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Somatic classification of neonates based on birth weight, length, and head circumference: quantification of the effects of maternal BMI and smoking.

Authors
  • Voigt, Manfred
  • Zels, Krisztina
  • Guthmann, Florian
  • Hesse, Volker
  • Görlich, Yvonne
  • Straube, Sebastian
Type
Published Article
Journal
Journal of Perinatal Medicine
Publisher
Walter de Gruyter GmbH
Publication Date
May 01, 2011
Volume
39
Issue
3
Pages
291–297
Identifiers
DOI: 10.1515/JPM.2011.017
PMID: 21526885
Source
Medline
License
Unknown

Abstract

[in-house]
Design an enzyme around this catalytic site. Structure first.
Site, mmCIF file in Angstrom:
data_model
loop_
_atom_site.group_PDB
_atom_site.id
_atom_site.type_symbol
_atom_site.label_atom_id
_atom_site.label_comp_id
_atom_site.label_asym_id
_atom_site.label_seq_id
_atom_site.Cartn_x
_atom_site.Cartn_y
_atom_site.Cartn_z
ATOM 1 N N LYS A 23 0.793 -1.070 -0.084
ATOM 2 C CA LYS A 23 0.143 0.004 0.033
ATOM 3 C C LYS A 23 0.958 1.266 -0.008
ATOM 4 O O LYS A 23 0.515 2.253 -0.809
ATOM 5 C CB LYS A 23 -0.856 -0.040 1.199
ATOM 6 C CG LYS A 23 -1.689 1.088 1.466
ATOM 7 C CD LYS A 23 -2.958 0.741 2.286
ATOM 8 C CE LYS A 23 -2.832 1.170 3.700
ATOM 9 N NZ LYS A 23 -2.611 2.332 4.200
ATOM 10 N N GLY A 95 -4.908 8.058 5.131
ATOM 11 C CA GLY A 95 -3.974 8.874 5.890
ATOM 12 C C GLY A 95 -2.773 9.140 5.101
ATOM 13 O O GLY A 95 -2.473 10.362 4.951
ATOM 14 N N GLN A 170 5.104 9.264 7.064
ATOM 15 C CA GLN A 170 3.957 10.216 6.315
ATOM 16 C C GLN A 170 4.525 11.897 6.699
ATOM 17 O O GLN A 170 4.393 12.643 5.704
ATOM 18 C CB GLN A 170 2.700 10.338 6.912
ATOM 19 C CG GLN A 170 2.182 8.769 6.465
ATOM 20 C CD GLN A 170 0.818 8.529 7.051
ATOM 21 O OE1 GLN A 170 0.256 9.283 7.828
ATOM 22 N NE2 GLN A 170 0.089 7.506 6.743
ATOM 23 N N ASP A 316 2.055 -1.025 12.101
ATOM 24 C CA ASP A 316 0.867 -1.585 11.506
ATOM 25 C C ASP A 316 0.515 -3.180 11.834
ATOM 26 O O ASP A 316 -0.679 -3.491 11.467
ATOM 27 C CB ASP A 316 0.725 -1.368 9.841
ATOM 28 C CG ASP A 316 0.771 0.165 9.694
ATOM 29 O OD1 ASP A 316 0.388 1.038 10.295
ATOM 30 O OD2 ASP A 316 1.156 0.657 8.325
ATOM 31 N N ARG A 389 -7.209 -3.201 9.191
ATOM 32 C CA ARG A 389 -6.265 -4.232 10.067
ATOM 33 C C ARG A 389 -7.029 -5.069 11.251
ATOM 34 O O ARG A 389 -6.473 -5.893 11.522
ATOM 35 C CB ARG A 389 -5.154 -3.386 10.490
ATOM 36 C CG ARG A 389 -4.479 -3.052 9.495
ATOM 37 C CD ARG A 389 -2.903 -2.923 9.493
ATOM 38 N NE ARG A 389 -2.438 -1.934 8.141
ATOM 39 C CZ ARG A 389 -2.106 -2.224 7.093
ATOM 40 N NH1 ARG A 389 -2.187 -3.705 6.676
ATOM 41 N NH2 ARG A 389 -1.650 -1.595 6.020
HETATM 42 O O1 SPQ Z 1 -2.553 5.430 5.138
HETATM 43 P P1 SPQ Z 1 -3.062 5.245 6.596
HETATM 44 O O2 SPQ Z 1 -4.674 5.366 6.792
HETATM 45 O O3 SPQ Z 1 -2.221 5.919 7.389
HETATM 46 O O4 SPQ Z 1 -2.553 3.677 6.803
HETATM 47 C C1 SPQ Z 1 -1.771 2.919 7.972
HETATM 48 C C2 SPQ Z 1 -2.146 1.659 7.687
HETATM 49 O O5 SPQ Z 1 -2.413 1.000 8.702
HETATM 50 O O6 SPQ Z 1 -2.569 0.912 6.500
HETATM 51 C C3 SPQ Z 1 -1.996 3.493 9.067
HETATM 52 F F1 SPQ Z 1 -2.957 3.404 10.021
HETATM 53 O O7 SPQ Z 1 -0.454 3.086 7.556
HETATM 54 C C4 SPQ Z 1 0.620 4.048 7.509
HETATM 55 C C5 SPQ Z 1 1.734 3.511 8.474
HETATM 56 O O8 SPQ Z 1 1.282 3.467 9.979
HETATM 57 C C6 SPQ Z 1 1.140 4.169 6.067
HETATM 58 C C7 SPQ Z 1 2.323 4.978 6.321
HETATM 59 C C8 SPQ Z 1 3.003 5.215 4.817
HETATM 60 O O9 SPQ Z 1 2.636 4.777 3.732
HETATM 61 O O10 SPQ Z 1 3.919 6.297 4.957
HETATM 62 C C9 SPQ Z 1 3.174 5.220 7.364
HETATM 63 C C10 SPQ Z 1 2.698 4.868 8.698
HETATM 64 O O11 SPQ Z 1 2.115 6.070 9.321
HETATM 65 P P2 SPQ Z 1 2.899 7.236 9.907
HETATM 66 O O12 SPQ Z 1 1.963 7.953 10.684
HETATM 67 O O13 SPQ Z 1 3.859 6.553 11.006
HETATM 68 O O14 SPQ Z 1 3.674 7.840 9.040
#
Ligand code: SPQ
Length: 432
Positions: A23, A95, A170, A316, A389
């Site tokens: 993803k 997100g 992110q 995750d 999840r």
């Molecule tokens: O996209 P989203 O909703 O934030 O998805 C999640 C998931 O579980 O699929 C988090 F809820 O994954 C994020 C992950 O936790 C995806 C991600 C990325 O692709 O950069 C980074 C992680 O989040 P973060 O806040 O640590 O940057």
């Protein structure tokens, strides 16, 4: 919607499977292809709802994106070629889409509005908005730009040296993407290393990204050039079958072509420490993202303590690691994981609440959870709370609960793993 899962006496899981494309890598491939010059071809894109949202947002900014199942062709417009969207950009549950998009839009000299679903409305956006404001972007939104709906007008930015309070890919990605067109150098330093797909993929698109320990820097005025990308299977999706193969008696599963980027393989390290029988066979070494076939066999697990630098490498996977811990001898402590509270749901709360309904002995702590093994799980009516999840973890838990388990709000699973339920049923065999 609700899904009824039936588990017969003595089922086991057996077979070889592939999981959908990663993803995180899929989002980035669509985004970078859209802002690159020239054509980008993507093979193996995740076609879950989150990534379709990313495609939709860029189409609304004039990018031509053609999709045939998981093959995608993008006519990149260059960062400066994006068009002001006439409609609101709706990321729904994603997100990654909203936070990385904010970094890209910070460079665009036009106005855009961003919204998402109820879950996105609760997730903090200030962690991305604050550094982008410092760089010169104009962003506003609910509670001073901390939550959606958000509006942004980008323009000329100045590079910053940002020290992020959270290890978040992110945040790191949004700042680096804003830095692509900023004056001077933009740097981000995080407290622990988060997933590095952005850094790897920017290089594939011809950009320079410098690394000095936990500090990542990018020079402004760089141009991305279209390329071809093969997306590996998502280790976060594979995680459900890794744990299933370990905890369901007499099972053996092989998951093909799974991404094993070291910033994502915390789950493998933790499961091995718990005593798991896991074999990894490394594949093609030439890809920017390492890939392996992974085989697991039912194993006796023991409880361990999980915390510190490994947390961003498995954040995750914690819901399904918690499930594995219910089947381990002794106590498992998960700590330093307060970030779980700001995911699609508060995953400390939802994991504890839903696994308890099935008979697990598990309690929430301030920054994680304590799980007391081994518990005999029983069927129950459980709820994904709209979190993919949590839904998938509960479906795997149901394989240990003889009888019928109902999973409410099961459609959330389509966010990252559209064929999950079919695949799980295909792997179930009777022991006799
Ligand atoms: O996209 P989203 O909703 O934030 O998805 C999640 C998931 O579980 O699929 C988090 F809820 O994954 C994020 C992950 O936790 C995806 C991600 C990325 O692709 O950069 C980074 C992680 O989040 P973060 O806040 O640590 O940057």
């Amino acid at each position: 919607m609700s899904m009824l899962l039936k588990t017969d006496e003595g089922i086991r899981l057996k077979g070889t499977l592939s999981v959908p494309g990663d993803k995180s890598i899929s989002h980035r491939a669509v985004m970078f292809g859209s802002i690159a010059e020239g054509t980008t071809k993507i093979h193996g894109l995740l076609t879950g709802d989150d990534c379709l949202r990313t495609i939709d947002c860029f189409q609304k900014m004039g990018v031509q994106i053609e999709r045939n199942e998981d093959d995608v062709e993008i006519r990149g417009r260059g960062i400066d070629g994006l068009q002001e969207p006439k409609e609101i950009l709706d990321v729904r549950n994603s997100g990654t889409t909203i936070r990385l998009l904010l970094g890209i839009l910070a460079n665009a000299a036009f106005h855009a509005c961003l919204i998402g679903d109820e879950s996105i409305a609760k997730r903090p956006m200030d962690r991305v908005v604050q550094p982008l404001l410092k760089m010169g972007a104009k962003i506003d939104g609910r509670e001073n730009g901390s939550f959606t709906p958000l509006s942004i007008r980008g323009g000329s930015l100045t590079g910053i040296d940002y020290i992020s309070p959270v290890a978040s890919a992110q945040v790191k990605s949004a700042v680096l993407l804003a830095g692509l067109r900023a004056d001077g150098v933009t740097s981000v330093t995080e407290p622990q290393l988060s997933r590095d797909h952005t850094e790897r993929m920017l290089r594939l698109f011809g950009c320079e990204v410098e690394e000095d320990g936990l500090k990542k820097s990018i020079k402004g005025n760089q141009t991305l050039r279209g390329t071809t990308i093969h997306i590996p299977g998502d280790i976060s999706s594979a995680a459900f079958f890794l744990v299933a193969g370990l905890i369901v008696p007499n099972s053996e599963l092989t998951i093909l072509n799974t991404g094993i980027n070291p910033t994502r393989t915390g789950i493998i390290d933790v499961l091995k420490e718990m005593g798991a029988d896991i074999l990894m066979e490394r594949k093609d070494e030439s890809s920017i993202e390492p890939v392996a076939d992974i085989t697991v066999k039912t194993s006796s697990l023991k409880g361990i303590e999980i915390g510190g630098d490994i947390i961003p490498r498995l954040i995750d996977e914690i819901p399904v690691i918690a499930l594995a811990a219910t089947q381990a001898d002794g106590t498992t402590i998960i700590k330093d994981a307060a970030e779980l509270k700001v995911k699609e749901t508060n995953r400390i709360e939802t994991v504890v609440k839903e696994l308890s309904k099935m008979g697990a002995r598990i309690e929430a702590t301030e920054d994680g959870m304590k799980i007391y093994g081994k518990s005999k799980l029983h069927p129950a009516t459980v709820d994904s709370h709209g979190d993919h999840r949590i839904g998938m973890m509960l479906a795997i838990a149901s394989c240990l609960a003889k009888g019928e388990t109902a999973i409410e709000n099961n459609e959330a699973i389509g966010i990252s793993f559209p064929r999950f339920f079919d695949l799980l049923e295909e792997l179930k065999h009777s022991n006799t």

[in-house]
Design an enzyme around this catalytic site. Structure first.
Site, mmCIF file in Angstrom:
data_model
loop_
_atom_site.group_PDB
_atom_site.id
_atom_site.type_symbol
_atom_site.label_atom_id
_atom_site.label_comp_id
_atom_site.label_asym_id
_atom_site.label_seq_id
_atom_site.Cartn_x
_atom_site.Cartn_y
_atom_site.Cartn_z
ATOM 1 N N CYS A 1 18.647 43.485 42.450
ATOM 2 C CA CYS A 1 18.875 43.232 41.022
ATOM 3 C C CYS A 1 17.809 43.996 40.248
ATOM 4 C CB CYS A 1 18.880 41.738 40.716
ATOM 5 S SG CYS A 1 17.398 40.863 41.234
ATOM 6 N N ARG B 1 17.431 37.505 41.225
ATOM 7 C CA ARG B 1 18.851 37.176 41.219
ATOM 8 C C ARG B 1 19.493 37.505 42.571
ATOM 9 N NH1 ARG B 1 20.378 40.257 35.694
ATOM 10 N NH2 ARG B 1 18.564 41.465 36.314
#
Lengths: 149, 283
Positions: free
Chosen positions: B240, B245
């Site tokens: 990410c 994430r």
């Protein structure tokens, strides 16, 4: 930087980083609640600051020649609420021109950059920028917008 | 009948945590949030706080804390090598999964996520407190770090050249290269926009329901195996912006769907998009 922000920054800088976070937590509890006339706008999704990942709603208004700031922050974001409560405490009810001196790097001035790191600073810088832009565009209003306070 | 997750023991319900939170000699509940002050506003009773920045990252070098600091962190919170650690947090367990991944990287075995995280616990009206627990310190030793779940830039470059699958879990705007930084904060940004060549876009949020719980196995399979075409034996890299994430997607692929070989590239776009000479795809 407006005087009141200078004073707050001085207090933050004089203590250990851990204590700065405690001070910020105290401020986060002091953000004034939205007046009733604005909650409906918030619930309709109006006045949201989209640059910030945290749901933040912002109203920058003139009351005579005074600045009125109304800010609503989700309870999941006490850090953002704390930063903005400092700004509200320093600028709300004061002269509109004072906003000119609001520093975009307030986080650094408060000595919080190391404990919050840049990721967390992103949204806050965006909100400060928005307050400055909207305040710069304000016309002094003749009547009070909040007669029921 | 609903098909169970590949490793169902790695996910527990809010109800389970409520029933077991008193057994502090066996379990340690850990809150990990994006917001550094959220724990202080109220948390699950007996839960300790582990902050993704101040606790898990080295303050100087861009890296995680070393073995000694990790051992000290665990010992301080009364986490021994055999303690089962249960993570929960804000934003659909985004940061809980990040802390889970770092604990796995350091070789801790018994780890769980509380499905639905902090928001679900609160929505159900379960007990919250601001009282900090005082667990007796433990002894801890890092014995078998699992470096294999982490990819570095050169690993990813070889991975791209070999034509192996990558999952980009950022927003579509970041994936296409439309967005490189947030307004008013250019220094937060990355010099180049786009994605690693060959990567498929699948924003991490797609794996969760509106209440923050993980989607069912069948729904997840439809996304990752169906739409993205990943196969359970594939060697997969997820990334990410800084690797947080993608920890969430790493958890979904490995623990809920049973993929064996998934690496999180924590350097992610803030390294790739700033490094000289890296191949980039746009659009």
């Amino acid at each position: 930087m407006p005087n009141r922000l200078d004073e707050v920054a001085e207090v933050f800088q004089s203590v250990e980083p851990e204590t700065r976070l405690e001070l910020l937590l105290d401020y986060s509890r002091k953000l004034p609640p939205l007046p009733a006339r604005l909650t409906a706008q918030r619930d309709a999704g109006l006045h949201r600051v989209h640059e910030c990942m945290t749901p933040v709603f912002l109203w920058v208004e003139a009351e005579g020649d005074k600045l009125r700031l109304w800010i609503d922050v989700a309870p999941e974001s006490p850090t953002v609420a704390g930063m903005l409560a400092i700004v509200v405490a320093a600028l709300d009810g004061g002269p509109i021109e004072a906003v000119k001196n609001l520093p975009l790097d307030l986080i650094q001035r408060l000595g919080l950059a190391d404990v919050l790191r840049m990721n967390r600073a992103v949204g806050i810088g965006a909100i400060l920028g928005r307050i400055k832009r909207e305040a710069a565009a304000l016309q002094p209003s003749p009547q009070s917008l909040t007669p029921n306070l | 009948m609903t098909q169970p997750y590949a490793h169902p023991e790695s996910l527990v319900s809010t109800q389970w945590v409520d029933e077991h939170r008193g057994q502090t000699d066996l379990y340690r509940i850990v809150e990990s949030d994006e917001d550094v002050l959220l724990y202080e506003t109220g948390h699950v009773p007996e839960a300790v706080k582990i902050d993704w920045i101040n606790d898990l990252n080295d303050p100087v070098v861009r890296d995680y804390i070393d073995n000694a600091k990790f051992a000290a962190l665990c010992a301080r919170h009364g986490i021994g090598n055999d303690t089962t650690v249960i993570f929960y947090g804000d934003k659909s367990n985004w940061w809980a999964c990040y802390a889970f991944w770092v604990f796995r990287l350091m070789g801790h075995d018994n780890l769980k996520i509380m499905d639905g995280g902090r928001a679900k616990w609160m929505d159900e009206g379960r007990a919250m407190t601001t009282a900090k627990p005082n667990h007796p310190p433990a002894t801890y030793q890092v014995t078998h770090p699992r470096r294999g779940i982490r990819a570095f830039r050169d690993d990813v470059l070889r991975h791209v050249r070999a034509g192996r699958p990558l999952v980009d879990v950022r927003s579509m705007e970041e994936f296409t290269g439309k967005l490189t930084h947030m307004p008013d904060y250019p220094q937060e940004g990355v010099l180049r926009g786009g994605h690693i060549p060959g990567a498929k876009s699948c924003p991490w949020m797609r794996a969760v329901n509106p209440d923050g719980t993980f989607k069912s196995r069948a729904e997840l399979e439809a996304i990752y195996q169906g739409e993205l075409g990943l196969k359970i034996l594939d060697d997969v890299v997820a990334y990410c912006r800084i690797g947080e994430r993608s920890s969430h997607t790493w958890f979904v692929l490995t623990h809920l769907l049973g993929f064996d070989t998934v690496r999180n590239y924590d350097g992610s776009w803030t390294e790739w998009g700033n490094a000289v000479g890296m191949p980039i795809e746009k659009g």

We defined neonates as small, appropriate, or large for gestational age (SGA, AGA, LGA) based on birth weight, length, and head circumference. We analyzed the effects on the somatic classification of maternal body mass index (BMI) (<18.5, 18.5-24.99, 25.0-29.99, ≥ 30) and smoking during pregnancy (0, 1-7, 8-14, ≥ 15 cigarettes daily). Data were from the German Perinatal Survey (1998-2000; 433,669 cases). The following refers to the classification by birth weight. In the normal maternal weight population SGA rates increased with cigarette consumption: 9.8%, 17.8%, 21.6%, and 25.4% for non-smokers, and smokers of 1-7, 8-14, and ≥ 15 cigarettes daily, respectively. In non-smoking underweight women the SGA rate was 17.4%. In underweight smokers of ≥ 15 cigarettes daily the SGA rate was 38.5% [odds ratio 5.77, 95% confidence interval 5.10-6.53, compared with normal weight non-smokers]. In the normal maternal weight population, LGA rates were 9.9%, 5.3%, 4.6%, and 3.5% for non-smokers, and smokers of 1-7, 8-14, and ≥ 15 cigarettes daily, respectively. In the obese, LGA rates were 20.9% (non-smokers) and 11.4% (≥ 15 cigarettes). Similar findings were obtained for the somatic classifications based on birth length and head circumference. Results for the various combinations of maternal BMI and smoking status in the three classification systems are described. Our findings may assist in individualized risk assessment for SGA and LGA births.

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